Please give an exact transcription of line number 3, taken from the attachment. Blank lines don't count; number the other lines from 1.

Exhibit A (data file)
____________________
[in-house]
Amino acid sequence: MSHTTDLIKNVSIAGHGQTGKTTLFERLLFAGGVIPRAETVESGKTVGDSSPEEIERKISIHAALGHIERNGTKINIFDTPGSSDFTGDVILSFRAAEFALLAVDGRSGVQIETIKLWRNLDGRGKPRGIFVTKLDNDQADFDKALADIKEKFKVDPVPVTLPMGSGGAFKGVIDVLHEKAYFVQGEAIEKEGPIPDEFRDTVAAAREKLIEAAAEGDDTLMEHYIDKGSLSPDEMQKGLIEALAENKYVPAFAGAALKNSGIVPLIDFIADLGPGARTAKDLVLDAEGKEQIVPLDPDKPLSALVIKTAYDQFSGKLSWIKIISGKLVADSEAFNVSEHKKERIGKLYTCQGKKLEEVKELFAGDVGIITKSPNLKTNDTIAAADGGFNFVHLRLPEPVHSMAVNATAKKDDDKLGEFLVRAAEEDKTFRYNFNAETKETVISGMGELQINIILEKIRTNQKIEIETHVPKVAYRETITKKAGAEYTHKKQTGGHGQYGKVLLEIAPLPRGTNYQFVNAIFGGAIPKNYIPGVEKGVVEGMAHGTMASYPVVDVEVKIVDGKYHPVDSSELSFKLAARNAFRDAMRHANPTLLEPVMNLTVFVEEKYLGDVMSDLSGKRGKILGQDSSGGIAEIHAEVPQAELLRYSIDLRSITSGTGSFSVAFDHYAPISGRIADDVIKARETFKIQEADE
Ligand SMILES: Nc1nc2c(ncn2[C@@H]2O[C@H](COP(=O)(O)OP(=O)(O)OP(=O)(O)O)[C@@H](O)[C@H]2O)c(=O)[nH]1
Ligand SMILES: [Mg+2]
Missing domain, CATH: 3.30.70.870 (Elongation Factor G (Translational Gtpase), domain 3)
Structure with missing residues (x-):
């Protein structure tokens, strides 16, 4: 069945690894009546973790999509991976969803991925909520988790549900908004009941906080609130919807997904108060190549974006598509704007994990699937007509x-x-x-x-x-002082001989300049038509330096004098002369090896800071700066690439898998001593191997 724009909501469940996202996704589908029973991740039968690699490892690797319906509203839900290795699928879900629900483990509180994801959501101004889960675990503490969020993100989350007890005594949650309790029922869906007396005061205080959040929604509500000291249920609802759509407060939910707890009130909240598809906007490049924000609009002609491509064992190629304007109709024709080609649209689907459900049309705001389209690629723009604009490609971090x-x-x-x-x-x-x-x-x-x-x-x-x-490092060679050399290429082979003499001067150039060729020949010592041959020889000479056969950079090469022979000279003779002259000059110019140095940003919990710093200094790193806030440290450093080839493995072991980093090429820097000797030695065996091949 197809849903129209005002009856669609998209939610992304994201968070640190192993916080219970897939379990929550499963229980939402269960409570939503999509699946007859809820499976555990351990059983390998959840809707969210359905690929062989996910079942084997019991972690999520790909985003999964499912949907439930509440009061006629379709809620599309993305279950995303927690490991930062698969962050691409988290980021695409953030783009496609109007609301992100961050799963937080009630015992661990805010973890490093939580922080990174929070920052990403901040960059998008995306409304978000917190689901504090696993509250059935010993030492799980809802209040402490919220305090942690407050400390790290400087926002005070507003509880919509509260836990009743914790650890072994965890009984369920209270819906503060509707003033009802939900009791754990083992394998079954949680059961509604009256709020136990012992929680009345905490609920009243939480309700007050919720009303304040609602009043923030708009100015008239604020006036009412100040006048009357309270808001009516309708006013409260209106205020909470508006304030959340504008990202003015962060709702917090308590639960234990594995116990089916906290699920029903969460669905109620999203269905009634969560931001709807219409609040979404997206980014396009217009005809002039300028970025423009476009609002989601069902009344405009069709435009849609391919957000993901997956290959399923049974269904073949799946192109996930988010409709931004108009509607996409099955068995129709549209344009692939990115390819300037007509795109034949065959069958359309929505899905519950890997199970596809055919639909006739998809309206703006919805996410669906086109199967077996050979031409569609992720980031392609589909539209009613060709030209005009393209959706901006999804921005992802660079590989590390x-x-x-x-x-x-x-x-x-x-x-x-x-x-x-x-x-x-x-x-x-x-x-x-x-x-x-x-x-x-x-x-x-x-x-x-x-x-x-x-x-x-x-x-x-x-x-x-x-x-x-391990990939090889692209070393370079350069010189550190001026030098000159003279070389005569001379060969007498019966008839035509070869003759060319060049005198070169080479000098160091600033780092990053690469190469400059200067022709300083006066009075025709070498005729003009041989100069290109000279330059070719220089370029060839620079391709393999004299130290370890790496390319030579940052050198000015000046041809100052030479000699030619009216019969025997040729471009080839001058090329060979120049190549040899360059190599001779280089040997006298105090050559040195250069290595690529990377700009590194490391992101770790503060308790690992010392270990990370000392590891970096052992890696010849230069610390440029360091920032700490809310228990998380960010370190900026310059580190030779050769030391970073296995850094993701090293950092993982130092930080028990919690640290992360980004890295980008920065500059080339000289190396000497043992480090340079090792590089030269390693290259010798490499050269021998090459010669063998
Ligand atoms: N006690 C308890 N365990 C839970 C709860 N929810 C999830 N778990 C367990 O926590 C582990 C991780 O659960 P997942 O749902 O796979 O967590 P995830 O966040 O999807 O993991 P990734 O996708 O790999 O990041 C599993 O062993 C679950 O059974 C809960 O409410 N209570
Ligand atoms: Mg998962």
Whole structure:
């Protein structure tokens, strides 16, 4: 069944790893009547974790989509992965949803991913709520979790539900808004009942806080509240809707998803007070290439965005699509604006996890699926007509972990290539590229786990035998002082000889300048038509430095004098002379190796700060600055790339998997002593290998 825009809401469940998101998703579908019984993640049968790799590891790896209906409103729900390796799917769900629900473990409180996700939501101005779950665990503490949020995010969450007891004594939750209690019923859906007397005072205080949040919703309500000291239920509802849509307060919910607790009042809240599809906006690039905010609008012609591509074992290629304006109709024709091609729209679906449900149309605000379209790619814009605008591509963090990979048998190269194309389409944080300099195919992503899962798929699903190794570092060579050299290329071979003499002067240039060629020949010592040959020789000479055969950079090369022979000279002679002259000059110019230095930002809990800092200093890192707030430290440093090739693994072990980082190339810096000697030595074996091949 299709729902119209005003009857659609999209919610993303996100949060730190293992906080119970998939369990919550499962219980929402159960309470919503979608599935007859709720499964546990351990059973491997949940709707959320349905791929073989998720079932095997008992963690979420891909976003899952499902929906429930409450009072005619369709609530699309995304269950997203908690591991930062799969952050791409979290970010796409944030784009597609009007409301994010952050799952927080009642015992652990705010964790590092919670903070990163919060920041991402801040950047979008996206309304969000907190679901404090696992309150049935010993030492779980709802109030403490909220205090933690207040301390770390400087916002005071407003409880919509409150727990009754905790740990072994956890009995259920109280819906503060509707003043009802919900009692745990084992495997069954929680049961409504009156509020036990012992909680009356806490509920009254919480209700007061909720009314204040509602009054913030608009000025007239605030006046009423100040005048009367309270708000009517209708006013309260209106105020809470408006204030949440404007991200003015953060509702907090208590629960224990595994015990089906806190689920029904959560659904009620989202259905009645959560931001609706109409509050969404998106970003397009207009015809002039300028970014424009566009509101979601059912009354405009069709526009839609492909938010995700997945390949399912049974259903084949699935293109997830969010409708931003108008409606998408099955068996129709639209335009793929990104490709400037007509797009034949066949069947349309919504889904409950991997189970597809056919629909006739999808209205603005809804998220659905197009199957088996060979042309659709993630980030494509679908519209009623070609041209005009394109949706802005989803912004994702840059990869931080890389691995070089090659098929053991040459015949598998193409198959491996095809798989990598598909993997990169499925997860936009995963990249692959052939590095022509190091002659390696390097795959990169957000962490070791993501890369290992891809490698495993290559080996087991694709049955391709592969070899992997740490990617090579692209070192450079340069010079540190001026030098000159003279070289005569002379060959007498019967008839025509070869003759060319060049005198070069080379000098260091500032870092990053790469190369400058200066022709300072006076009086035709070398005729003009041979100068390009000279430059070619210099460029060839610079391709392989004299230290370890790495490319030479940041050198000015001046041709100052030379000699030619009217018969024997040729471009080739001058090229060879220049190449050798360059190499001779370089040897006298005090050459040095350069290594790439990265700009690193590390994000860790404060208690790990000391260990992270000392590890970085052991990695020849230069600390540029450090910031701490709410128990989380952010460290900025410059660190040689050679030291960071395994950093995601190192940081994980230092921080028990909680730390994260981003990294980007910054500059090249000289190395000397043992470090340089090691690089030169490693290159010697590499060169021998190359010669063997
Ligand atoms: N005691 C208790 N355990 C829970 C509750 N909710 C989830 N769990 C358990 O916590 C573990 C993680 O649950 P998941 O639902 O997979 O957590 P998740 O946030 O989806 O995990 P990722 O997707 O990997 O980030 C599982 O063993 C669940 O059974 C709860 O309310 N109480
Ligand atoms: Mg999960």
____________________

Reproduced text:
Ligand SMILES: Nc1nc2c(ncn2[C@@H]2O[C@H](COP(=O)(O)OP(=O)(O)OP(=O)(O)O)[C@@H](O)[C@H]2O)c(=O)[nH]1